Carbohydrates and obesity: from evidence to policy in the UK

bowl of sugar granules and bowl of sugar cubes

This month’s featured paper is from Proceedings of the Nutrition Society and is entitled 'Carbohydrates and obesity: from evidence to policy in the UK'.

Carbohydrates provide the major source of energy in the diet and hence the type and amount of carbohydrate consumed is an important consideration for weight control. Recent risk assessments have shown that there is no consistent association between the proportions of energy consumed as carbohydrate and body weight and reinforce the dominance of total energy intake as the primary determinant of body weight. However, they have highlighted evidence that different types of carbohydrate have specific effects on the risk of obesity.

Short-term experimental studies suggest that some types of dietary fibre may be linked to increased satiation and cohort studies are supportive of an association between low intakes of fibre-rich, whole-grain foods and weight gain. But these observations are not supported by evidence of effects on body weight in randomised controlled trials, suggesting that high-fibre or whole-grain intake may simply be a marker of a broader dietary pattern.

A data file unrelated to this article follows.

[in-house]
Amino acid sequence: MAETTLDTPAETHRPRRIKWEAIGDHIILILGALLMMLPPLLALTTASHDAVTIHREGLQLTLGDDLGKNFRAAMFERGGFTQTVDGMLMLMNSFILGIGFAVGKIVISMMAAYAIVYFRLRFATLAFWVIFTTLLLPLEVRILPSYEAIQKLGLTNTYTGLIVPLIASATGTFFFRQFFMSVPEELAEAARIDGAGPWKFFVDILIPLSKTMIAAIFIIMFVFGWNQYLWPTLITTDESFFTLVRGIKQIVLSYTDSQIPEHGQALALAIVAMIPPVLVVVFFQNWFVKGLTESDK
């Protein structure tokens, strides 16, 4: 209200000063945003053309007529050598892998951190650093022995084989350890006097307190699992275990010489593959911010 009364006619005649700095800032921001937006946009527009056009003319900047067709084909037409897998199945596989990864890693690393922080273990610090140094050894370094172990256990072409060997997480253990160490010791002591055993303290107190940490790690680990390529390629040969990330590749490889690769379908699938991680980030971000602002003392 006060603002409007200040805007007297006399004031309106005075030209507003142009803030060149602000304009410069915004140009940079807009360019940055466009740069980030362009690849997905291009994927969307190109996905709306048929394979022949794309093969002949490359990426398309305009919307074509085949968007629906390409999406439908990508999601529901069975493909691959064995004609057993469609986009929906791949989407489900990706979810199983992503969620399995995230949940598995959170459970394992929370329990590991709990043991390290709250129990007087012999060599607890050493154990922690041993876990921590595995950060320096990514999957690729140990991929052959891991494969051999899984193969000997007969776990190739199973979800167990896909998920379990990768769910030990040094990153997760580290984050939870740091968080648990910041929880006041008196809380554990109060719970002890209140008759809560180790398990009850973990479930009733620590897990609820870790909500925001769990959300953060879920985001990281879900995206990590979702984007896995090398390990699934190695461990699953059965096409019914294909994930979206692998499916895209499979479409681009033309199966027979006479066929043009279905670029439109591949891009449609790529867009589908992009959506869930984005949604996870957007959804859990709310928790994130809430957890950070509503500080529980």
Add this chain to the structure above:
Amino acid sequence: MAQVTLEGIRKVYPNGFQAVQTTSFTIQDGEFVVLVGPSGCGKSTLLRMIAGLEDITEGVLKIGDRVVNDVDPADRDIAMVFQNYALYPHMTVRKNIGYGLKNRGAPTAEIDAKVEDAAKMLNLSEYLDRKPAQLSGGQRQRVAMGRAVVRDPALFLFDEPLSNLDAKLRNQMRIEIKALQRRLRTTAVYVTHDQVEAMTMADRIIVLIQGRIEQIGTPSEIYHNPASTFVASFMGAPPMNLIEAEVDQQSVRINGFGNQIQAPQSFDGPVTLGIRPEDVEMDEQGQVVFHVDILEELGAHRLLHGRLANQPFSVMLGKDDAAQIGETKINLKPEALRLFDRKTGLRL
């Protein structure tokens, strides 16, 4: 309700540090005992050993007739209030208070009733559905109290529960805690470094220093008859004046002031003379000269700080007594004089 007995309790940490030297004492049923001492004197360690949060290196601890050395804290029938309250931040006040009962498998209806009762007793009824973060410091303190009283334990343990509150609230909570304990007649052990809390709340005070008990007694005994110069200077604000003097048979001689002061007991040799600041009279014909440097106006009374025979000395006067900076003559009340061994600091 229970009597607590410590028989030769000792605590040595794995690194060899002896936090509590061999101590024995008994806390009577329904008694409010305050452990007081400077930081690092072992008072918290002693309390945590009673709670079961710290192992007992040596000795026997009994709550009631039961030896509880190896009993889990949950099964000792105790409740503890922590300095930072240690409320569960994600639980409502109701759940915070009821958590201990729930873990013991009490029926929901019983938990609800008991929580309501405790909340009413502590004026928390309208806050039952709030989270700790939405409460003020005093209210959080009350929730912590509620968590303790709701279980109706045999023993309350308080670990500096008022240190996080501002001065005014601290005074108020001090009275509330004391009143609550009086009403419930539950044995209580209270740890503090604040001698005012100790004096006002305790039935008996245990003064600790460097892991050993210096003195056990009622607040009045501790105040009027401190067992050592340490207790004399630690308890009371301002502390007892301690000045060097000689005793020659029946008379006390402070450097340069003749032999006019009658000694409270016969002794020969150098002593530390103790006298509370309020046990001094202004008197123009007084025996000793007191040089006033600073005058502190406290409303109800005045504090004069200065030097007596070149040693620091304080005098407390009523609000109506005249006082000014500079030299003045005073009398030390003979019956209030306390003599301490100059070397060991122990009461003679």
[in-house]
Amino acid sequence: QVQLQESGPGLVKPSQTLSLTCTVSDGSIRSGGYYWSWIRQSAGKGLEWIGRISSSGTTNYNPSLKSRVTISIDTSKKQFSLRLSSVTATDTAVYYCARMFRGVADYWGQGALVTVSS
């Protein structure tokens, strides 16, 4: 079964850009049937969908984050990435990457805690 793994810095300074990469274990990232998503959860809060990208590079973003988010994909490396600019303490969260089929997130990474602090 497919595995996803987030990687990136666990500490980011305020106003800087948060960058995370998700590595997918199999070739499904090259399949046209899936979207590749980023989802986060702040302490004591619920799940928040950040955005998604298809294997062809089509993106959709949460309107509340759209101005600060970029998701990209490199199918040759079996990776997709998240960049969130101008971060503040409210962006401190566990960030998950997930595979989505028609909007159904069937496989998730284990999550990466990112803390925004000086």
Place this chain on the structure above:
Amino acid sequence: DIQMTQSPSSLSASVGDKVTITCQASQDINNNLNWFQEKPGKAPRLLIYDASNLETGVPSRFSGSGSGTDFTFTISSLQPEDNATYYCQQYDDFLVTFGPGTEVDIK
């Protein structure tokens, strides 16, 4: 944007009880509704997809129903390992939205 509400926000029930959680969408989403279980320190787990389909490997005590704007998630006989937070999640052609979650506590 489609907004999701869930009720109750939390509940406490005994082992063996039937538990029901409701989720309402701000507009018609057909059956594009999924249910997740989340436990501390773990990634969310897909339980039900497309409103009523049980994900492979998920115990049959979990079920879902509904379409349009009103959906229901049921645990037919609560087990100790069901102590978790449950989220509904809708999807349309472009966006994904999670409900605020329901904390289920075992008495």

Recent attention has focused on the growing evidence of a positive association between the intake of free sugars and weight gain and particularly the risks linked to consumption of sugar-sweetened beverages (SSB). Given the high population-level intake of free sugars the challenge is to identify actions that will successfully reduce consumption to contribute to reductions in the prevalence of obesity.

The present paper considers the range of policy options available, using the Nuffield ladder of intervention to provide a framework for risk management, with a focus on the consumption of SSB.

Current policy interventions are largely based around consumer education and encouragement to industry to renovate products to reduce the sugar content of food and drinks and/or reduce portion size, but dietary change has been slow. Further measures, including the use of specific incentives/disincentives may be needed to change consumption patterns, some of which may infringe personal or commercial freedom. For these policies to be implemented will require sustained efforts to create a climate in which such interventions are acceptable or even welcomed by society as an appropriate protection against obesity and other diet-related ill health.

Professor Susan Jebb

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